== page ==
What are the obstacles to Gatsby’s dream, apart from intractable human nature, time, and chance? Gatsby does not want only to be a success, he wants to be a gentleman. Meyer Wolfshiem reminds us several times that he has fulfilled both of his desires, but Wolfshiem turns out to be less than a reliable judge. One of the most important things for readers at the beginning of a new century to remember is that democratic life was different in 1922. Throughout Fitzgerald’s novels and stories we see aspiration meeting rejection. The text refers to a democracy that current readers may not recognize; it is defined by caste. Nick, Wolfshiem, Tom, and even Myrtle Wilson have an ideal social type in mind. So does Gatsby. We might be disposed to think that, especially in America, a self-made man would be proud of his achievement. But Gatsby hides his past—although it has been interesting enough to have provided the material for a dozen novels. He begins life on a worked-out farm, learns how to read and think with not much help, goes on his wanderjahre, becomes irresistible to women, rescues a yacht from disaster, tops it all off by becoming (Basil Duke Lee dreams of this) a gentleman criminal. If this reminds us of famous lives and books, it is intended to. Every literary-biographical theme we can imagine has been part of his forgotten life: there are echoes of David Copperfield, Julien Sorel, Compton Mackenzie, Horatio Alger, Joseph Conrad, even Raffles, the suave society crook admired by Fitzgerald and also by George Orwell when they were schoolboys. But this adventurous story remains profoundly uninteresting to Gatsby, although it fascinates Nick.

Gatsby does not want to be praised for what he is, but for what he is not. In this, he represents the tensions of the early twenties. Wolfshiem has virtually no social class—he is almost dizzyingly beyond conceivable arrangements—but he thinks about Gatsby being “a perfect gentleman” and “a man of fine breeding” (GG, 57). Myrtle Wilson has married her husband George “because I thought he was a gentleman.” She pumps gas, but says the same thing as Wolfshiem about the ideal social type: “I thought he knew something about breeding” (30). Her friend Lucille McKee, who is by no means Mrs. Astor, has dropped a suitor, she says, because “he was way below me” (29). Even Tom Buchanan, with his delusions of science and art and all that, wants badly to assert patrician responsibility, and assert the values of his social class.

When Gatsby says, “Here’s another thing I always carry” (53), it is final proof that his early life has disappeared, a photo “of Oxford days” showing that he has always belonged, so to speak, among his peers. Gatsby is not only the leading man of the Jazz Age but the last great figure of the gentleman hero. He understands and accepts that inequality is characteristic of his democratic moment. Unfair, but there is a benefit: his character is thickened, made more intense, by obsolete qualities of courtesy, thoughtfulness, and honor. Whether dealing with Nick Carraway or Daisy or with a girl who has torn her gown at his party, he has that nobility unknown to West Egg, forgotten by East Egg, and by our national memory. The irony of the novel is that he has become far more of a gentleman than his social adversaries—“the whole damn bunch” (120) of them—who have no use for honor. But, by succeeding, he has made himself vulnerable. By retreating from loyalty and honor, Tom and Daisy have protected their unfeeling lives.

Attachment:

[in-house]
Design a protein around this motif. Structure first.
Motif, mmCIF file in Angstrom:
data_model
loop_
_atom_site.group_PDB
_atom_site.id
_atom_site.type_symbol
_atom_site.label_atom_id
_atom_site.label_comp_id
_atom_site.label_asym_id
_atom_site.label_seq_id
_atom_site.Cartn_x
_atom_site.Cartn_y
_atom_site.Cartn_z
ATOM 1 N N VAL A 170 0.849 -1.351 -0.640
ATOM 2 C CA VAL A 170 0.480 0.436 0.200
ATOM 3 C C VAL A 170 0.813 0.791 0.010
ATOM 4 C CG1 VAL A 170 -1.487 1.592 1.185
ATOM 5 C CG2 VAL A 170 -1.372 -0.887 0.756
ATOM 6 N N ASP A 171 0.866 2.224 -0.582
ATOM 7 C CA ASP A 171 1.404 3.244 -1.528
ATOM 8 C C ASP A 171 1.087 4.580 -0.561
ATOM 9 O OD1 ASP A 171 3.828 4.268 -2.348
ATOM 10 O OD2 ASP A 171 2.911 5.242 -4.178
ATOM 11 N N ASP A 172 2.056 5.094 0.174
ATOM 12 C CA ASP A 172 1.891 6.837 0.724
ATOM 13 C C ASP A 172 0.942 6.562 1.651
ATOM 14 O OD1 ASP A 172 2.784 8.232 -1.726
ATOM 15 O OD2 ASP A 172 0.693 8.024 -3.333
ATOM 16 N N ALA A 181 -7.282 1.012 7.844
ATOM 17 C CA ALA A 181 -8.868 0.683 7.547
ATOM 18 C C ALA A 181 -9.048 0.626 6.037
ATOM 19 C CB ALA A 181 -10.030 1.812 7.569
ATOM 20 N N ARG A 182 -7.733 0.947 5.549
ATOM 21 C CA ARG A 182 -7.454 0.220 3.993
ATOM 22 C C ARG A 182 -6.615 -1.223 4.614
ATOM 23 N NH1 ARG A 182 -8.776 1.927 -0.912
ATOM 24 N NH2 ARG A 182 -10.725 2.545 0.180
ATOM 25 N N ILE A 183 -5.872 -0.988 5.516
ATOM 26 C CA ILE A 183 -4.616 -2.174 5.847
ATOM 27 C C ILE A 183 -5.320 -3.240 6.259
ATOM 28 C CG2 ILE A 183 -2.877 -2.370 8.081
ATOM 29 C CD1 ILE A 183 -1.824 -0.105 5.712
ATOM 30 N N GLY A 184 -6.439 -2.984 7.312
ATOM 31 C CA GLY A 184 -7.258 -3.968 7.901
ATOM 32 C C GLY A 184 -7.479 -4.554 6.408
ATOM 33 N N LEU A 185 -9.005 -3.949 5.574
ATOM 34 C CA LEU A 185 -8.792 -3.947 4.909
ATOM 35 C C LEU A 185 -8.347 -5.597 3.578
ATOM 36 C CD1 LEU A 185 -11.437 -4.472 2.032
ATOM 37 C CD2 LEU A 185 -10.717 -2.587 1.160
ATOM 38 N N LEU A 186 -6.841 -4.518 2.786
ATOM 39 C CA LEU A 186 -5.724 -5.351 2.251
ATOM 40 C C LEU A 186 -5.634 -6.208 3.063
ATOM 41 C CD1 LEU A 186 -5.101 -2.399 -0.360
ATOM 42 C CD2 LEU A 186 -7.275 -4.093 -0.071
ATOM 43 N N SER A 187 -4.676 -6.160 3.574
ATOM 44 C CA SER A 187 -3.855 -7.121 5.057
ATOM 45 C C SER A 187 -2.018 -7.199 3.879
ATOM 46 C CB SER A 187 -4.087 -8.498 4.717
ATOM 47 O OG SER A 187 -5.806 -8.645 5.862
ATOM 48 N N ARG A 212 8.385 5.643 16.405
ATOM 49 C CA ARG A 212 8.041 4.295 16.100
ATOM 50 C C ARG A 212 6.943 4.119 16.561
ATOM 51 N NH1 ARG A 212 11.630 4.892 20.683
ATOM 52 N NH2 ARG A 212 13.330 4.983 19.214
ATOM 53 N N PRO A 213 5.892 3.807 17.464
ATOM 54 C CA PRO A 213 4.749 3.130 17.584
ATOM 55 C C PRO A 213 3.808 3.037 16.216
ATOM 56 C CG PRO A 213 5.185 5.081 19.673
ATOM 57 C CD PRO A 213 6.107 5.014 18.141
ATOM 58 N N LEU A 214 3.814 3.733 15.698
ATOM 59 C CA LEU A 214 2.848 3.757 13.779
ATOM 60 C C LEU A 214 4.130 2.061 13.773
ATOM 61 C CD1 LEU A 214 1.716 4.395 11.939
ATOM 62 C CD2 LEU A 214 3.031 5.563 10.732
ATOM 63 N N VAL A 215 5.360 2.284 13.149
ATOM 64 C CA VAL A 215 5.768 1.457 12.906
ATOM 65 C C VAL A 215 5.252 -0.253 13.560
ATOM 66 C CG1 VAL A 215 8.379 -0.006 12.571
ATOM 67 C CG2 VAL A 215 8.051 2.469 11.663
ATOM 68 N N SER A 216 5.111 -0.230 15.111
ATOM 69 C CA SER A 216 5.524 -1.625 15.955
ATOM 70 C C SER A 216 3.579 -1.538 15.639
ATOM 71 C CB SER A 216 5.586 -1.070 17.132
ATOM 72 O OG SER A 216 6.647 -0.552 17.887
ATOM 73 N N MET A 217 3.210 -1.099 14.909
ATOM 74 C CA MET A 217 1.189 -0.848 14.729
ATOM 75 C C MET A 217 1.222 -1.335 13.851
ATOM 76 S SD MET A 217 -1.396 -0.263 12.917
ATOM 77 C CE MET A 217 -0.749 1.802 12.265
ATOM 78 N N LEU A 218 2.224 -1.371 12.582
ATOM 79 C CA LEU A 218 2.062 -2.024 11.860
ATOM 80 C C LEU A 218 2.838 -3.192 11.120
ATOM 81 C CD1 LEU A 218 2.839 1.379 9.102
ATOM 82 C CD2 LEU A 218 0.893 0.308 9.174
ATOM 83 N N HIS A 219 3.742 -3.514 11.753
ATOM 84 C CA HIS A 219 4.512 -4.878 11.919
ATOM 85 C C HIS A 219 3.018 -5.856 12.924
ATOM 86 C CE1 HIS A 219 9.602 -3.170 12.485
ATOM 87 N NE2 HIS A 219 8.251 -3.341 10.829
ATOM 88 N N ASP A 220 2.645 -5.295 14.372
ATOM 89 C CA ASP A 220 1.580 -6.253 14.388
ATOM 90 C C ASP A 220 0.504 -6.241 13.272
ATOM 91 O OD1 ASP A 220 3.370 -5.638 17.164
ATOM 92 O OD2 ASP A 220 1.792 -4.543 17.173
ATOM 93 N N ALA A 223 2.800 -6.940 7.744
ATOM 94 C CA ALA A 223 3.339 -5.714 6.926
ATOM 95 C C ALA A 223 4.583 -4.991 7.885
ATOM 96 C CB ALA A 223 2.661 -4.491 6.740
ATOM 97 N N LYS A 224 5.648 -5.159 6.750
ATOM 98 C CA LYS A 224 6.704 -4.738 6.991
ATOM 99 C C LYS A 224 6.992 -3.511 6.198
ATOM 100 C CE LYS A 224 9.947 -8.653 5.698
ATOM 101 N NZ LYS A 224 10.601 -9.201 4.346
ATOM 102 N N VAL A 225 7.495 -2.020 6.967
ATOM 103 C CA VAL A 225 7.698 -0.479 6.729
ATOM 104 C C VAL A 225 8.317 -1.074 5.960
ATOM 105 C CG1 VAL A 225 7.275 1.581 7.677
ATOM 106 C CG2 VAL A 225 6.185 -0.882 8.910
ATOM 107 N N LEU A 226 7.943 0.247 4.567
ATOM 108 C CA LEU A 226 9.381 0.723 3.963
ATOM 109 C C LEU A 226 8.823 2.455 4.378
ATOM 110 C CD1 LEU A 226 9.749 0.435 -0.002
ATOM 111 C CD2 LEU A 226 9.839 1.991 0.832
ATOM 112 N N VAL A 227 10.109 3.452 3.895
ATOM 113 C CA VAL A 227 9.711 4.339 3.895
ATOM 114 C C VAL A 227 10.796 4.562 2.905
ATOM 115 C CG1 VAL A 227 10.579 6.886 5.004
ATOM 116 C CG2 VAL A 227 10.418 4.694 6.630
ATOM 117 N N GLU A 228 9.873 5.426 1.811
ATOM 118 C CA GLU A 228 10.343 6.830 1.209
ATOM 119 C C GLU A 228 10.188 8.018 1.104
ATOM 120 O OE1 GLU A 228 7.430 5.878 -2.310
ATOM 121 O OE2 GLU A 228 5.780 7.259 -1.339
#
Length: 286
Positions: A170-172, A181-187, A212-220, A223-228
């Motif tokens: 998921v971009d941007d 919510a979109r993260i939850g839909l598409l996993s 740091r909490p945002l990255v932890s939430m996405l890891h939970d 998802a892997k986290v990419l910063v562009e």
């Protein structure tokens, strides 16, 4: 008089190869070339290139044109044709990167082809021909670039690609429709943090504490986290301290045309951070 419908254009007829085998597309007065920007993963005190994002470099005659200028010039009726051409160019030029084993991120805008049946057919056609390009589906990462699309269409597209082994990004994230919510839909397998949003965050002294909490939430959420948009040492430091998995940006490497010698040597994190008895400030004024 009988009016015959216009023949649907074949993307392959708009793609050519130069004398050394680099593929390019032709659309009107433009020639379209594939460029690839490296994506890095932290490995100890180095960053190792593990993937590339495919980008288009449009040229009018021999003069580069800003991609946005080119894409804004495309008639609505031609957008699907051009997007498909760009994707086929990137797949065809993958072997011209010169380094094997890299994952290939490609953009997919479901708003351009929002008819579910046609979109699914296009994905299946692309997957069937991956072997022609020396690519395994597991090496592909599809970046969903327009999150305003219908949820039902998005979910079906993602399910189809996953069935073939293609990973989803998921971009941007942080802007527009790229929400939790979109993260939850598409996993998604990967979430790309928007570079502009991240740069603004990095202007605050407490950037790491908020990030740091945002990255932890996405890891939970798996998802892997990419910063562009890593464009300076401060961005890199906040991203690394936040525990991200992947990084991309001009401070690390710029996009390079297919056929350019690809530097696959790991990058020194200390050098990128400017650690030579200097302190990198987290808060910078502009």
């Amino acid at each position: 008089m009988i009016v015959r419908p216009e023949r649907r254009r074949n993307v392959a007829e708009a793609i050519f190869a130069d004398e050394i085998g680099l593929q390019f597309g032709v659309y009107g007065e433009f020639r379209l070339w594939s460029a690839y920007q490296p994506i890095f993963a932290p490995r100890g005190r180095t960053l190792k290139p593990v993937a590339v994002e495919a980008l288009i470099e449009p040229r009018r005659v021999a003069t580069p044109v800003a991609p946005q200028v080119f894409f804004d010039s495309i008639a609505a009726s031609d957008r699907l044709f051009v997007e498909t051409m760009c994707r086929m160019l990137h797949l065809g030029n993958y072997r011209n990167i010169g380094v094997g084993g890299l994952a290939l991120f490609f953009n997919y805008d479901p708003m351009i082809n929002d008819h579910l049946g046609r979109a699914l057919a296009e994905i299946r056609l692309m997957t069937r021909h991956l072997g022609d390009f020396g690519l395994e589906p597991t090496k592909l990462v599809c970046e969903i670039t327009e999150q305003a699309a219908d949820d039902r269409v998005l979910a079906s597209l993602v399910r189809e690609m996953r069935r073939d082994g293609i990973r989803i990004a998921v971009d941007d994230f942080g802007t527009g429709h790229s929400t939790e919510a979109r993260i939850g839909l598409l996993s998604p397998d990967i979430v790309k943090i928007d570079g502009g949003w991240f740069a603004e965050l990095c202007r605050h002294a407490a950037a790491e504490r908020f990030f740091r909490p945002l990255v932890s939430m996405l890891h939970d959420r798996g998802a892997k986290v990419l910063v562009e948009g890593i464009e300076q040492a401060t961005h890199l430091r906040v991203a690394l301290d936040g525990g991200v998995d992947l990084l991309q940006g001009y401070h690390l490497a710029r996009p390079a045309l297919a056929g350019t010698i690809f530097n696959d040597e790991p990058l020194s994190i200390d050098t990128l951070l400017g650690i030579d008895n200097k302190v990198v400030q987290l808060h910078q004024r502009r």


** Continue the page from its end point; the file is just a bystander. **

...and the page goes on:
Before The Great Gatsby, Fitzgerald dealt with the educated and literate world. He told us possibly more than we want to know about the privileged life of Princeton and its college-boy weekends in Manhattan. The creation of Jimmy Gatz, Myrtle Wilson, and George Wilson shows how far his understanding developed. In his correspondence with Max Perkins, his editor at Scribners, Fitzgerald went so far as to state that Myrtle Wilson was a more achieved character than Daisy Fay Buchanan. There are reasons for that: Daisy and Gatsby do not have the same hard delineation as their surrounding cast. They are partly mythical and even allegorical, so that the quality of diffusion is understandable. Myrtle belongs to the everyday world; Fitzgerald’s tactic in establishing her is to describe in detail her relationship to that world—and to allow her to reveal her taste and style. Daisy, rarely described directly, is part idea; Myrtle, often described directly, is understood through her countless acquisitions. Her apartment has as much to say about her conception of herself as Gatsby’s palace has to say about his:

The apartment was on the top floor—a small living room, a small dining room, a small bedroom and a bath. The living room was crowded to the doors with a set of tapestried furniture entirely too large for it so that to move about was to stumble continually over scenes of ladies swinging in the gardens of Versailles … Several old copies of “Town Tattle” lay on the table together with a copy of “Simon called Peter” and some of the small scandal magazines of Broadway. Mrs. Wilson was first concerned with the dog. A reluctant elevator boy went for a box full of straw and some milk to which he added on his own initiative a tin of large hard dog biscuits—one of which decomposed apathetically in the saucer of milk all afternoon. (GG, 25)